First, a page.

When couples have ongoing and repeated conflict that is not repaired, they can get stuck in a pursue/distance pattern. Over time, they can feel increasingly stuck and hopeless.
The pursuing partner will often bring up their concerns and not want to stop talking until they feel reassured, while the distancing partner will tend to avoid discussions or try to look on the bright side of things. Both partners end up feeling misunderstood and invalidated by the other.
While couples might think they are arguing about finances, housework, sex, or parenting, at the root of the negative cycle is the attempt to get their attachment needs met.
Everyone is born with the attachment needs to be loved, to be safe, to be known, to be soothed and to be delighted in. As children, we look to parents to meet these needs. When we are married, we are hoping that our spouse will love us, know us, soothe us when we’re distressed, and delight in us. Underneath most arguments partners are asking, “A.R.E. you there for me?” A=accessible, R=responsive and E=engaged. If the answers are often no, then the attachment insecurity increases, and the pursue/distance patterns can get more entrenched.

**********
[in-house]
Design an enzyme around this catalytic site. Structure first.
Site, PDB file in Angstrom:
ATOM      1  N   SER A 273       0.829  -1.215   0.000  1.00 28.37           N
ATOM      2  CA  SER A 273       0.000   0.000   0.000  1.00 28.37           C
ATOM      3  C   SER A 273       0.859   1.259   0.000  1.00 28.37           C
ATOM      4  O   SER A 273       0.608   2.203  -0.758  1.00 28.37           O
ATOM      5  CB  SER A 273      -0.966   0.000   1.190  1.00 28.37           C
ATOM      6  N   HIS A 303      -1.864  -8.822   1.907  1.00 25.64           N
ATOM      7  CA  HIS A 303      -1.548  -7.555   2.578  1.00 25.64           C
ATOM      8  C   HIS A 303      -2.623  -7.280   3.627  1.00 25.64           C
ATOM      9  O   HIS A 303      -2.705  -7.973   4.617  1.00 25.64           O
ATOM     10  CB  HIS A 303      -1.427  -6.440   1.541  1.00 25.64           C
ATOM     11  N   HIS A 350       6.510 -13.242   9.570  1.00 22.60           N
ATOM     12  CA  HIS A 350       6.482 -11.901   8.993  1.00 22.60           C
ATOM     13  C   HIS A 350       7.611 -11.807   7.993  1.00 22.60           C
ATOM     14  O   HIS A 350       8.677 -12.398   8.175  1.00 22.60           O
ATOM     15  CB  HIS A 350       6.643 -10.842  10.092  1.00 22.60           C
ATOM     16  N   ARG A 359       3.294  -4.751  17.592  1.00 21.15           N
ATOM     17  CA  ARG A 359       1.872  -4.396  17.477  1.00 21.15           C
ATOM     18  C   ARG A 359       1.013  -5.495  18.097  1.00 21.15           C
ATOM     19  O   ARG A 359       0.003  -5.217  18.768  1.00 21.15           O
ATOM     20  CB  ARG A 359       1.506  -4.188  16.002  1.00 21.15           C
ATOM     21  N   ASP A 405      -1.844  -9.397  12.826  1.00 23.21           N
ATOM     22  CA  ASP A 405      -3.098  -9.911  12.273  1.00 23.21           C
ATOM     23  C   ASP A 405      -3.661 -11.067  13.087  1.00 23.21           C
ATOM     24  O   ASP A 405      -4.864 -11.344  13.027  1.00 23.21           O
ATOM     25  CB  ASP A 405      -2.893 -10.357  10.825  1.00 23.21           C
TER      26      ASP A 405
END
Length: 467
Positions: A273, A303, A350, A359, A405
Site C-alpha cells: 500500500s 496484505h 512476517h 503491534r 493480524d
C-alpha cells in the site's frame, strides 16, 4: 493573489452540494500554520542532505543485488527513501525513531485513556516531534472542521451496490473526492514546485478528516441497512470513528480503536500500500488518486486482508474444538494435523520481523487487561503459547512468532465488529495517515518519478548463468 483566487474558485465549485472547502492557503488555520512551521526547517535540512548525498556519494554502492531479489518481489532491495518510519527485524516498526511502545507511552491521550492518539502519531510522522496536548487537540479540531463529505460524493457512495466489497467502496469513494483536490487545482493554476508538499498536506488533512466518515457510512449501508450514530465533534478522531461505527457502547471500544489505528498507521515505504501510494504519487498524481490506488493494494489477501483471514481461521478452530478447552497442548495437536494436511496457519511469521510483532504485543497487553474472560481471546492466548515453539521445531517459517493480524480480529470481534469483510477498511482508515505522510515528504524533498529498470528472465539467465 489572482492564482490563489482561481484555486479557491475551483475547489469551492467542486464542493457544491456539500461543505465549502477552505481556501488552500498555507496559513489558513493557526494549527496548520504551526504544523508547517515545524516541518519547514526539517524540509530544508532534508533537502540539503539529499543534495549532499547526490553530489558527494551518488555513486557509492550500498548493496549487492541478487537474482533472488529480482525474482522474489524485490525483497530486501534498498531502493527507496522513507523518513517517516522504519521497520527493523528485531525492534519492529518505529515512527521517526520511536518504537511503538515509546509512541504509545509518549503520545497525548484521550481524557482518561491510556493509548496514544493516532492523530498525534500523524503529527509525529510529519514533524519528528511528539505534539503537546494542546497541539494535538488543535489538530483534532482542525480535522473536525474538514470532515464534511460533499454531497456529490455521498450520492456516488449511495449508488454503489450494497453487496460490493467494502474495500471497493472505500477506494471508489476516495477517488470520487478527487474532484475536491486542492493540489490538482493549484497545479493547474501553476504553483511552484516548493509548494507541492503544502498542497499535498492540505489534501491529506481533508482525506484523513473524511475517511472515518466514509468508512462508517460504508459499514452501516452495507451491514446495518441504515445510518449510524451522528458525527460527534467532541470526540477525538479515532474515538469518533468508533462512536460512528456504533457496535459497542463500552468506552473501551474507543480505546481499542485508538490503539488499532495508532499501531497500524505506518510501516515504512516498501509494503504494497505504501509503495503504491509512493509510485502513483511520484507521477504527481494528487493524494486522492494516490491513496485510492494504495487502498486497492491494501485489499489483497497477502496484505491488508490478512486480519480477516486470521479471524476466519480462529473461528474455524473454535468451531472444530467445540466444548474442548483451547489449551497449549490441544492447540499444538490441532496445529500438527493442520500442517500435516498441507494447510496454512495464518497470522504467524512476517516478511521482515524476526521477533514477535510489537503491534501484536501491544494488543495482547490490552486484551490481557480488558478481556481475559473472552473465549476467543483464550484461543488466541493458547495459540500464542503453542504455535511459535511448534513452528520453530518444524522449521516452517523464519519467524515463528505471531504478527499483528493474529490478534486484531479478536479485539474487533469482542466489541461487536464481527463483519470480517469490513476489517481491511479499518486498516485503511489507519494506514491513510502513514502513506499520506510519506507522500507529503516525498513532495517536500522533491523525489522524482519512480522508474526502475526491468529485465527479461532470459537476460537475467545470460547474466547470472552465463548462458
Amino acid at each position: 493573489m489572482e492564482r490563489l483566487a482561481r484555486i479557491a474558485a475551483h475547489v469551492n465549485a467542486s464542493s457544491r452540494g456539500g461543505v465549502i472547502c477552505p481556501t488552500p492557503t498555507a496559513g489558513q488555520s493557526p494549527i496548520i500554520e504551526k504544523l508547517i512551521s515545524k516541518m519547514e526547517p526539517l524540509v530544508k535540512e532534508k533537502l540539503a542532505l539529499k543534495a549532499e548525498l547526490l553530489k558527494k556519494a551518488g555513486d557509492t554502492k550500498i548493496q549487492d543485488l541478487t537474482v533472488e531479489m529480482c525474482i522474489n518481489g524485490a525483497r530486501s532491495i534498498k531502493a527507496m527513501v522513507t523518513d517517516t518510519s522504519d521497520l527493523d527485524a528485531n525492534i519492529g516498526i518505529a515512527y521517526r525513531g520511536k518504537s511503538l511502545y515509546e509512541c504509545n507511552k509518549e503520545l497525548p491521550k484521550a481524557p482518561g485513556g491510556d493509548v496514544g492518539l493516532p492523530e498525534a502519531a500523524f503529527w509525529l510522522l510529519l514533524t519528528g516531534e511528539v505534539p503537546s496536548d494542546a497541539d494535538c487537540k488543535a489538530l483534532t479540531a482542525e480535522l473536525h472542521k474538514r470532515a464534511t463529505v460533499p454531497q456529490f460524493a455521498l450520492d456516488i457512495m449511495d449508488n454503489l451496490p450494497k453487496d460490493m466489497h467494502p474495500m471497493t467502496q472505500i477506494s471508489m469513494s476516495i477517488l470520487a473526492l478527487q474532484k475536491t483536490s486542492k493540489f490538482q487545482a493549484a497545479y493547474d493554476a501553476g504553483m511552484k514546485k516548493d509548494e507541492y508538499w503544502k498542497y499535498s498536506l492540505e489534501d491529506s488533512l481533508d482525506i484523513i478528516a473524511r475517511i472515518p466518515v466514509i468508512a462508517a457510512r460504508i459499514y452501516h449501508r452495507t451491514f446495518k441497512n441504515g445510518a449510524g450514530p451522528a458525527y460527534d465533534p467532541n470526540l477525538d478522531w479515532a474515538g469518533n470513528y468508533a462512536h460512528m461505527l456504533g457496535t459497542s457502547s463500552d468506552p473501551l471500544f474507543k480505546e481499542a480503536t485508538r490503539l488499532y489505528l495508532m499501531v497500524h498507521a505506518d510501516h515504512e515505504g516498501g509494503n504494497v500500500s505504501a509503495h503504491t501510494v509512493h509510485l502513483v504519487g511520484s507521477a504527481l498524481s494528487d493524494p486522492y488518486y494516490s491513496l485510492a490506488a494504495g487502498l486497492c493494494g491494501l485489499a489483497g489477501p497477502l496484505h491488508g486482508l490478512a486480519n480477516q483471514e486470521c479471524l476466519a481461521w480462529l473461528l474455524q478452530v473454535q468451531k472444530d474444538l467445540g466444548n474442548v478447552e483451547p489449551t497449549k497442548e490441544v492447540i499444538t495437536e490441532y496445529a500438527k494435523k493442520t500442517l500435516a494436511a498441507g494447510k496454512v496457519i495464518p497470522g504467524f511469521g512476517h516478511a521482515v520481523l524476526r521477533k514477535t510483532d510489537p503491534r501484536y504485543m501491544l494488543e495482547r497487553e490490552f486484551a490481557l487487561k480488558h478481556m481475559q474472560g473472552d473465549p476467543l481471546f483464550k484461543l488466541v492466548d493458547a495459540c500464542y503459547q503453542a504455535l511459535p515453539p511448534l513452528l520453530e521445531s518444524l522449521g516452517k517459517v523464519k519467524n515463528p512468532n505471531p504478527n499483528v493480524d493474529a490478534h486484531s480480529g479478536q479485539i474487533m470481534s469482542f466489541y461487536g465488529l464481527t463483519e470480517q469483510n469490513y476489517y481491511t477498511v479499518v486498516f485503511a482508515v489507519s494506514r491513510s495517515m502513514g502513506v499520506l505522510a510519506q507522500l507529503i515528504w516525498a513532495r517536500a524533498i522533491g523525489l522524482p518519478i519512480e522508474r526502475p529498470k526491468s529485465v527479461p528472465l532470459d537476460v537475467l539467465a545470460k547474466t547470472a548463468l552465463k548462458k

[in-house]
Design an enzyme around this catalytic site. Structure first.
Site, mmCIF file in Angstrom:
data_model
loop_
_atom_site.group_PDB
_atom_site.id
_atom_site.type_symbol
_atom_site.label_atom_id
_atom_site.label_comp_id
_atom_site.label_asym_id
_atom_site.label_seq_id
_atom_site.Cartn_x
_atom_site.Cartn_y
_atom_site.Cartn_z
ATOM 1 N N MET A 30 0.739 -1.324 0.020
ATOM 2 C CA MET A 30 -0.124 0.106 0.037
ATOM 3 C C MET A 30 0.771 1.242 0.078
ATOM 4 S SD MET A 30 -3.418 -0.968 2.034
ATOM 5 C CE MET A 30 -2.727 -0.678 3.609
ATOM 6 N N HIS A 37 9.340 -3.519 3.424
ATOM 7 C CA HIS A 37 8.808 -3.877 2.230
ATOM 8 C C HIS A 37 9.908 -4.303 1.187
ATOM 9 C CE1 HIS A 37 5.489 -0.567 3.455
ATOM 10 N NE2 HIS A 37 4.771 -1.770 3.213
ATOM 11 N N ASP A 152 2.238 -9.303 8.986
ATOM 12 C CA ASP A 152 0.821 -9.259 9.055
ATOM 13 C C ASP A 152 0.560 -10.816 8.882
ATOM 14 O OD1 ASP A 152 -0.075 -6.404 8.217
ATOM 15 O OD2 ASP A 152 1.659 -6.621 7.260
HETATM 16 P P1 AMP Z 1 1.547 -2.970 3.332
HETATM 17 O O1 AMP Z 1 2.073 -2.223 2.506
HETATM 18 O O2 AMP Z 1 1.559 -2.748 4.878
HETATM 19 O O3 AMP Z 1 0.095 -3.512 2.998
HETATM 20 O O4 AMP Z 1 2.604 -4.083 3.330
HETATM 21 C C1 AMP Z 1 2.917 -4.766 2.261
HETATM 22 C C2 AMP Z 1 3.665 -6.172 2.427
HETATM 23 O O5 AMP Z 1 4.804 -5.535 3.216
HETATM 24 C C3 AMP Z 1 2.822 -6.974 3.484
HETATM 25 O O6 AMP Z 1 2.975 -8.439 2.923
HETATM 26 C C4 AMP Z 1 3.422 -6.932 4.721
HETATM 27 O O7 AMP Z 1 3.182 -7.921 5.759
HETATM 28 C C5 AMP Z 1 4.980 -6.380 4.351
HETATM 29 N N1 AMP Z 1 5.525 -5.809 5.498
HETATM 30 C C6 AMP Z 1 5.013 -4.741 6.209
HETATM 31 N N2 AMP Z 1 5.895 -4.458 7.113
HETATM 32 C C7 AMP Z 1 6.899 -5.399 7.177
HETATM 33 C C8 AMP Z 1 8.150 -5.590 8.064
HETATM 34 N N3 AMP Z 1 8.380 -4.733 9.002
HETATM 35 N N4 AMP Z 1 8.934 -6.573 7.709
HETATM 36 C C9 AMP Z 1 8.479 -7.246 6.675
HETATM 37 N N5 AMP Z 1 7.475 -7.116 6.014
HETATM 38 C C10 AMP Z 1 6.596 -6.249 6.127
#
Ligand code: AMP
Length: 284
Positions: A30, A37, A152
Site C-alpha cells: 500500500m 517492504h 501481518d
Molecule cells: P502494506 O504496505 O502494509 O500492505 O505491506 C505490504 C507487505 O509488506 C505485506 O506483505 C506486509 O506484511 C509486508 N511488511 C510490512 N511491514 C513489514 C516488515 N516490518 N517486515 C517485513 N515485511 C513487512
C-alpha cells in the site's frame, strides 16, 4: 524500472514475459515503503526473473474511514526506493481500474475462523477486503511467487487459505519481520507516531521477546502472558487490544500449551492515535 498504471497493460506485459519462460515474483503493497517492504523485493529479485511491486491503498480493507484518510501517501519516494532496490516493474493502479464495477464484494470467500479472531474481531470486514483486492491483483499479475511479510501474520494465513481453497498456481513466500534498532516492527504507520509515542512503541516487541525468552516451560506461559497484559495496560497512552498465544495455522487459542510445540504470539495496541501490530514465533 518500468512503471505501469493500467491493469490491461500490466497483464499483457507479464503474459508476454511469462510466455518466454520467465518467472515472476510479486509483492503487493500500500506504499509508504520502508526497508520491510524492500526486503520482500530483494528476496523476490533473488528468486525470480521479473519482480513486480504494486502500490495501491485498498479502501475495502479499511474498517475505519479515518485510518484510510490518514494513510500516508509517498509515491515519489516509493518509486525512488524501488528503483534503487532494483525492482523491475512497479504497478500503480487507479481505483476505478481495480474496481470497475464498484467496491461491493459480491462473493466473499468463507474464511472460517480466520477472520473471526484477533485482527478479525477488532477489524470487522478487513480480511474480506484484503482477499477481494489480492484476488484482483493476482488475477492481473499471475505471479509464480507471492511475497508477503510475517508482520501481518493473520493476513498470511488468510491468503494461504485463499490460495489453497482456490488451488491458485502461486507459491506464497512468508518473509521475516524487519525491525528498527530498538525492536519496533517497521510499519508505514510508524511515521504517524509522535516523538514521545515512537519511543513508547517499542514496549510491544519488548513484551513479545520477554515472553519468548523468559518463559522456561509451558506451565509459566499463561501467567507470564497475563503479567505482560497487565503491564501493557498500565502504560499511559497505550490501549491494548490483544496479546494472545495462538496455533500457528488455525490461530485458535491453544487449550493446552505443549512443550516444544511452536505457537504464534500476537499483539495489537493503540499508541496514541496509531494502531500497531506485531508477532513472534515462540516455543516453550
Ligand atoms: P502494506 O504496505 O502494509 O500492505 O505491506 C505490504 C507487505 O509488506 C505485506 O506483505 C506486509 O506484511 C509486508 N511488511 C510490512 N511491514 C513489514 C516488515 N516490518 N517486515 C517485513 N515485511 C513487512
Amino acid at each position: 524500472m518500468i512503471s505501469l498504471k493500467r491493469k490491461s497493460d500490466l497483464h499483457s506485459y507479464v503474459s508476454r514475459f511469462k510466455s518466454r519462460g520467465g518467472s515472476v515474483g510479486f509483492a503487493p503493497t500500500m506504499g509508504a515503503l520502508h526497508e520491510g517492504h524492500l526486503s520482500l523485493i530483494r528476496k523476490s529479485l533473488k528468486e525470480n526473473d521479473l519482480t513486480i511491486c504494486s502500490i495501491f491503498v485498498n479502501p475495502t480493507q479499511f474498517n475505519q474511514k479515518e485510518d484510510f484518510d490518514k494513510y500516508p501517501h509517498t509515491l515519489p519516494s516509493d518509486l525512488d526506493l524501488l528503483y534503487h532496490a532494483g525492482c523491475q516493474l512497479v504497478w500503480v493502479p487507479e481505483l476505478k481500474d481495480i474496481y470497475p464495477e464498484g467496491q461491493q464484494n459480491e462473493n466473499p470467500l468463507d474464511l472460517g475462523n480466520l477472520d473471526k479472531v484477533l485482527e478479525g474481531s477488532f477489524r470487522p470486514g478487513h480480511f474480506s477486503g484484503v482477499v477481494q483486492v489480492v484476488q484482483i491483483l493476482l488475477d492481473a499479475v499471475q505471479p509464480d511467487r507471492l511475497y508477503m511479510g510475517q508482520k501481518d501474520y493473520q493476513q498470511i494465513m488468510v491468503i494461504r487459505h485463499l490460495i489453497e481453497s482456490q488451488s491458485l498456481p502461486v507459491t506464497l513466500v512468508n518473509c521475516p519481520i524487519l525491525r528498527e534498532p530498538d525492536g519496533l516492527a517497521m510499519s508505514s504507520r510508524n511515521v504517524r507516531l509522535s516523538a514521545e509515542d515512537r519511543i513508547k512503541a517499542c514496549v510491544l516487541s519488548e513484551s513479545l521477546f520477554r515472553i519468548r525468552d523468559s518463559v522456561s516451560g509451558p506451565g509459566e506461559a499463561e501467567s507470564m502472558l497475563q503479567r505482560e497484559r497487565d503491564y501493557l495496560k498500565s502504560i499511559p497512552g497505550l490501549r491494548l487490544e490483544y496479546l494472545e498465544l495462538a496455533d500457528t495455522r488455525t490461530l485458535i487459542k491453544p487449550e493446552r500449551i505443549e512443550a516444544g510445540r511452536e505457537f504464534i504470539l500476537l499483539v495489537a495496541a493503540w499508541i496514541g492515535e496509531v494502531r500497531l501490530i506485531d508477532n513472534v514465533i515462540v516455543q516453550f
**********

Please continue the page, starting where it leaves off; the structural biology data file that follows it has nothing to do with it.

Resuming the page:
Fortunately, couples can learn to focus on the attachment significance of the arguments (the need to be known, to feel heard, safe, soothed) instead of focusing on the content of the fights.
The strategies of pursuing or distancing are learned behaviors that can be changed to a more secure style of relating. Helping partners identify their underlying attachment longings and sharing those with each other can help the couple fight the cycle instead of each other. Together they can learn to address their real needs underneath the negative cycle and create a more secure and satisfying relationship.
Couples therapy can be helpful in exploring these dynamics. Another good resource for learning more about this are the books, “Hold Me Tight” and “Created for Connection”, written by the developer of Emotionally Focused Couples Therapy.